© Reuters. Napster and LimeWire Revival: How NFTs are bringing old music download platforms back to life
Former music download platform Napster is the latest to throw its hat into web3 and the non-fungible token ring. Napster and LimeWire are two brands from the early 2000s that allowed pioneers to download songs for free that are relaunched in businesses helping artists monetize themselves.
What happened: Peer-to-peer music sharing company Napster was bought with the intention of turning the company into an NFT music brand, according to a report by The Verge.
Napster was purchased by crypto investment firm Hivemind and Algorand, the operator of a decentralized blockchain and the company behind the coin Algorand (CRYPTO:ALGO). The Alogrand blockchain will be used for the launch of Napster.
Hivemind’s managing partner, Matt Zhang, shared in a LinkedIn post that the acquisition comes as “volatile market and uncertain times often present exciting opportunities.”
G20 Ventures partner Mike Troiano also explained in a medium post why his company is investing in Napster.
“Powered by a new generation of technology but inspired by the same pirate spirit, the new Napster will combine a streaming catalog of over 42 million songs with exciting new features built on a secure, open, carbon-negative blockchain to unlock new new ways for people who make and love music to connect, share and enjoy together,” said Troiano.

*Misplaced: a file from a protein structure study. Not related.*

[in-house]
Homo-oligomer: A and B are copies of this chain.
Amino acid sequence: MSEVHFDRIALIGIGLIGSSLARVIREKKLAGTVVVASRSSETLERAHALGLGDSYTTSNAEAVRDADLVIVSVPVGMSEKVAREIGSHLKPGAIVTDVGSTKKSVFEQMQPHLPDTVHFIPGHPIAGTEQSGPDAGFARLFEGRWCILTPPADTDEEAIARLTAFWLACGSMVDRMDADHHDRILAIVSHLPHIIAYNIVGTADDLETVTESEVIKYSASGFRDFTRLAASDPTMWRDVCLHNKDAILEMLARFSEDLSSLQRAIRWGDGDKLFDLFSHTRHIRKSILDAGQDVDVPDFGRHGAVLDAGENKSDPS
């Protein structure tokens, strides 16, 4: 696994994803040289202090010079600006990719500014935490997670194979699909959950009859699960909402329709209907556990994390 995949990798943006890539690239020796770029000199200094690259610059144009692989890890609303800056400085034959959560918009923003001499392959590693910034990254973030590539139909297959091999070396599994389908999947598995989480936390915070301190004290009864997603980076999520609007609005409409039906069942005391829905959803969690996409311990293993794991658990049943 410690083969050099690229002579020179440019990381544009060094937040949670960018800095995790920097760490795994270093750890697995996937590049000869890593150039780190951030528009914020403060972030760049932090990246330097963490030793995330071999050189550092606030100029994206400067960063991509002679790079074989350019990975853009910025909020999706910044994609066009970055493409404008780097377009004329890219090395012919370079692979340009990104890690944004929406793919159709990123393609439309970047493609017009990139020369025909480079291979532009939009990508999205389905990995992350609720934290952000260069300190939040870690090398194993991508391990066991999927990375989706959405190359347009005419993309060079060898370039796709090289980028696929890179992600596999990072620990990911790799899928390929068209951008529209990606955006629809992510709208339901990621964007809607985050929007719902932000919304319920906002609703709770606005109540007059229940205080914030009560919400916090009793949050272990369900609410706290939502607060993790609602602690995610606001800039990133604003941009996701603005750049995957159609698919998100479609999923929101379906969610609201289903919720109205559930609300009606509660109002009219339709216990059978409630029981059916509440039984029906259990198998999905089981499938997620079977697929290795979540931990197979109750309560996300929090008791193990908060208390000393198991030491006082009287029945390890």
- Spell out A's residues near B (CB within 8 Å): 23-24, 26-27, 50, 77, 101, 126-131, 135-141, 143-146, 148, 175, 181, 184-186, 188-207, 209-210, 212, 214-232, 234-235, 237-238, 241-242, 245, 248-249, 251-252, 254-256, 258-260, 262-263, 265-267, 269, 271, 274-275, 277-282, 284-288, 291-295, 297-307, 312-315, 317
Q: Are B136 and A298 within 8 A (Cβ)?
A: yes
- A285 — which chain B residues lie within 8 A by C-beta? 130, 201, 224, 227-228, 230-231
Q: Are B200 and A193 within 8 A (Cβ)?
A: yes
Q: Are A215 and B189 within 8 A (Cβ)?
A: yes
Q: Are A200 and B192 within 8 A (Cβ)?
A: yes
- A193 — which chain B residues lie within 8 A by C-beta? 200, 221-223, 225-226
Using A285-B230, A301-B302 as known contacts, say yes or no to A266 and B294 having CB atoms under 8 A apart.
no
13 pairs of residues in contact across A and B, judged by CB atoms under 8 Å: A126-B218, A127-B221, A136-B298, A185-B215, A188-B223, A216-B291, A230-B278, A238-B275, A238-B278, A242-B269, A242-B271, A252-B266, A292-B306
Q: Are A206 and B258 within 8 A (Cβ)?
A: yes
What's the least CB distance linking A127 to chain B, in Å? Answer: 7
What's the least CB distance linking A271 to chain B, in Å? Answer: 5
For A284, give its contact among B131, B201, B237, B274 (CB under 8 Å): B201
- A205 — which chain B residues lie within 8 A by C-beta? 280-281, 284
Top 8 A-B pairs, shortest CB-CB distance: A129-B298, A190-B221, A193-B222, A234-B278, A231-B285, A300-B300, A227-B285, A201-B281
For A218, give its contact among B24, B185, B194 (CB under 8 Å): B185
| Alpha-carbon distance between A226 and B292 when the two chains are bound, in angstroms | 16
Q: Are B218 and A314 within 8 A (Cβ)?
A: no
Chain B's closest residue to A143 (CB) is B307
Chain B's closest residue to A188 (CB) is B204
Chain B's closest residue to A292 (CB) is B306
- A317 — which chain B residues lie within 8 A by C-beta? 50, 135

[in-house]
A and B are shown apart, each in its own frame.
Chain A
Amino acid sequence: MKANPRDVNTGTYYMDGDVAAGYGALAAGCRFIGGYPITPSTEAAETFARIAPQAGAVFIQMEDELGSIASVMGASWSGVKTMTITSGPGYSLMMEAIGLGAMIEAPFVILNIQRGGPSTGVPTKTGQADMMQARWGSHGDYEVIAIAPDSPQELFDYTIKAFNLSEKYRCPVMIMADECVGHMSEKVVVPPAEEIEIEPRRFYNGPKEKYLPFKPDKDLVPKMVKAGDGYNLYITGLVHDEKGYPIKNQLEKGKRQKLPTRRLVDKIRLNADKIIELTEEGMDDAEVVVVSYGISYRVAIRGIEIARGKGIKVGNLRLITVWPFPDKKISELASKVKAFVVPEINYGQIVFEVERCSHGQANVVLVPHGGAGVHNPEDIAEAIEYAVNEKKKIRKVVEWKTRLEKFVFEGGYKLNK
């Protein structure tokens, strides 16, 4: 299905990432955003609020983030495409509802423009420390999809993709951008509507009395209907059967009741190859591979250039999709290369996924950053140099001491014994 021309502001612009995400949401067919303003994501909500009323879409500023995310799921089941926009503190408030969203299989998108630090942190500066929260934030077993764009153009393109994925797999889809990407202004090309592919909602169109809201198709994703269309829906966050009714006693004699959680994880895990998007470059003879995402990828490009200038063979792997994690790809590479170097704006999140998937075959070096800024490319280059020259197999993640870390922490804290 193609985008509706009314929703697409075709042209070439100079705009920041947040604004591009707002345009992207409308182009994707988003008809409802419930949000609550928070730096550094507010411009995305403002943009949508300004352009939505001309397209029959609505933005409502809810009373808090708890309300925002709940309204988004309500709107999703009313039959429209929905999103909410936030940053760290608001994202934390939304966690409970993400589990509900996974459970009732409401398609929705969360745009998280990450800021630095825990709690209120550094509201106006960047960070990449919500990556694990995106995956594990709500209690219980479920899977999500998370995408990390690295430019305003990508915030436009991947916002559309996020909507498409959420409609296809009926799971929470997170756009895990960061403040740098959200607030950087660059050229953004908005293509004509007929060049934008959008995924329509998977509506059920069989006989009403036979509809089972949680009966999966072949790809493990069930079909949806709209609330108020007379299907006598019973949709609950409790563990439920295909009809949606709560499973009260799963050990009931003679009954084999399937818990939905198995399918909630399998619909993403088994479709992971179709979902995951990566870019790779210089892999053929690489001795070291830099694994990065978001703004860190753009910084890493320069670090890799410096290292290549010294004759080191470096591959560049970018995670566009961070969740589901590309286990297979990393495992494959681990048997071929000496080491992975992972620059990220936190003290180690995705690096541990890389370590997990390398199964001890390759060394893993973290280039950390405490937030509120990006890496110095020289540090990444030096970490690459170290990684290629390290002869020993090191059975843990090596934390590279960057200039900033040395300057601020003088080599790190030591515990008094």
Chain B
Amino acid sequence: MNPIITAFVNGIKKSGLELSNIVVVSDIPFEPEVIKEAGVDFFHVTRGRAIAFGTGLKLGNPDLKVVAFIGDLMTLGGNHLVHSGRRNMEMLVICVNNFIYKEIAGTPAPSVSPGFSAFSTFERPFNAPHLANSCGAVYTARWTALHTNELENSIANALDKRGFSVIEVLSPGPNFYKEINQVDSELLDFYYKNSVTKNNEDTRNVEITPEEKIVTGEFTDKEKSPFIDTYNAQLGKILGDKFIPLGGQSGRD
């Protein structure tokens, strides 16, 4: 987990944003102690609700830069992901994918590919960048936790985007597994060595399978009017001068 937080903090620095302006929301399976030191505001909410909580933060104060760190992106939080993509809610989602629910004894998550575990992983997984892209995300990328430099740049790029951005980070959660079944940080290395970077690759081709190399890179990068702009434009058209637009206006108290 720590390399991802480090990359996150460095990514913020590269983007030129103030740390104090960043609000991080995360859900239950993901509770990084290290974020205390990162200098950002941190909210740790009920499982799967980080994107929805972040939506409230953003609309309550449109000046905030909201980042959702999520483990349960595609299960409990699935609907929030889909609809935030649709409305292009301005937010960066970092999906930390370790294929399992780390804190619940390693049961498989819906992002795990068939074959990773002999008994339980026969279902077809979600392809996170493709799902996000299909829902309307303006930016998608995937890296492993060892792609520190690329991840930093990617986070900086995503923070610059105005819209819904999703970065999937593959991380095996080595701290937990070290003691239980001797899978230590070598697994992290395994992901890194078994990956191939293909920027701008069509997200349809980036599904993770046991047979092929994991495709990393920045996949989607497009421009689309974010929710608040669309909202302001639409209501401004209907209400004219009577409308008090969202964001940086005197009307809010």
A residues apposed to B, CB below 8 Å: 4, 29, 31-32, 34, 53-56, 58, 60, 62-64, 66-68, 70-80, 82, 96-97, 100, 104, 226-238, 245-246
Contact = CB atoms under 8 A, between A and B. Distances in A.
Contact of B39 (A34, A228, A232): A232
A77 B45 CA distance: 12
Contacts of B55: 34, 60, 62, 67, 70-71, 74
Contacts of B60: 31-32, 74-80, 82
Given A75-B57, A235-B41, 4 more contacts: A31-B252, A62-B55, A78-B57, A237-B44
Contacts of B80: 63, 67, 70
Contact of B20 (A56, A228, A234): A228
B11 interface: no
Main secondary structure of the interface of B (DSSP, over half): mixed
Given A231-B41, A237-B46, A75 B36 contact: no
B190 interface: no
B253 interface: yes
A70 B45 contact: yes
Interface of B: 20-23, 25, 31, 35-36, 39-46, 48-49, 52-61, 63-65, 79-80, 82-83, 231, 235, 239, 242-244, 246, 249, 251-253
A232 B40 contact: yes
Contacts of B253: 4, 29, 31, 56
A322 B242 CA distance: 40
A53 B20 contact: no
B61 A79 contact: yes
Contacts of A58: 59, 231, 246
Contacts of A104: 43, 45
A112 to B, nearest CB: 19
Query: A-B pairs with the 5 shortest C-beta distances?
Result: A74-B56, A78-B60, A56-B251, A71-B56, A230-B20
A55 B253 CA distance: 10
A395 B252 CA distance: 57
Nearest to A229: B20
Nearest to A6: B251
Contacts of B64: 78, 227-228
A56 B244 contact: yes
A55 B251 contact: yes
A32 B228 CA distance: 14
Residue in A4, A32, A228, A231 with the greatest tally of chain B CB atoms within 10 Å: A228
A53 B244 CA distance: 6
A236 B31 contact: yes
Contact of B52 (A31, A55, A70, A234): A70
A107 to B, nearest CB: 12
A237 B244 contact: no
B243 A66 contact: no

The news of Napster joining the web3 and NFT space in the music business follows LimeWire, which announced an entry into the space earlier this year.
Related Link: How to Buy NFTs
Why it matters: Troiano shared the story of a $16 CD, with only 16% going to the artist and the rest split between the record company, manufacturer and retailer. Napster fought the system by offering its 80 million users the ability to download music for free – until it was shut down.
Years later, music download services from Amazon.com Inc (:NASDAQ:) and Apple Inc (NASDAQ:NASDAQ:) offered better options for downloading music like buying a track at instead of an entire album. Streaming services like Spotify Technology (NYSE: SPOT) and others allow users to listen to songs with a cut in revenue going to artists.
Troiano says music labels get 50% of streaming revenue and only about 7% goes to the musicians themselves.
“Napster is already at the forefront when it comes to doing better for artists, offering the highest payouts of any streaming service.”
Universal Music Group (AS:) signed on to join the LimeWire Algorand marketplace this week. Universal has a strong roster of some of the biggest artists in the world. The deal will allow artists to sell NFTS on LimeWire’s upcoming music blockchain platform.
The LimeWire NFT marketplace will focus on assets such as art and musician collectibles. LimeWire investors include Kraken, Crypto.com and others with Web3 experience.
Once considered dead brands, Napster and LimeWire could quickly become major players in the web3 music space, ready to be disrupted.
It’s hard to look past the irony of two companies that once took potential profits out of musicians as the ones that might ultimately be most useful in helping musicians monetize themselves in the future.
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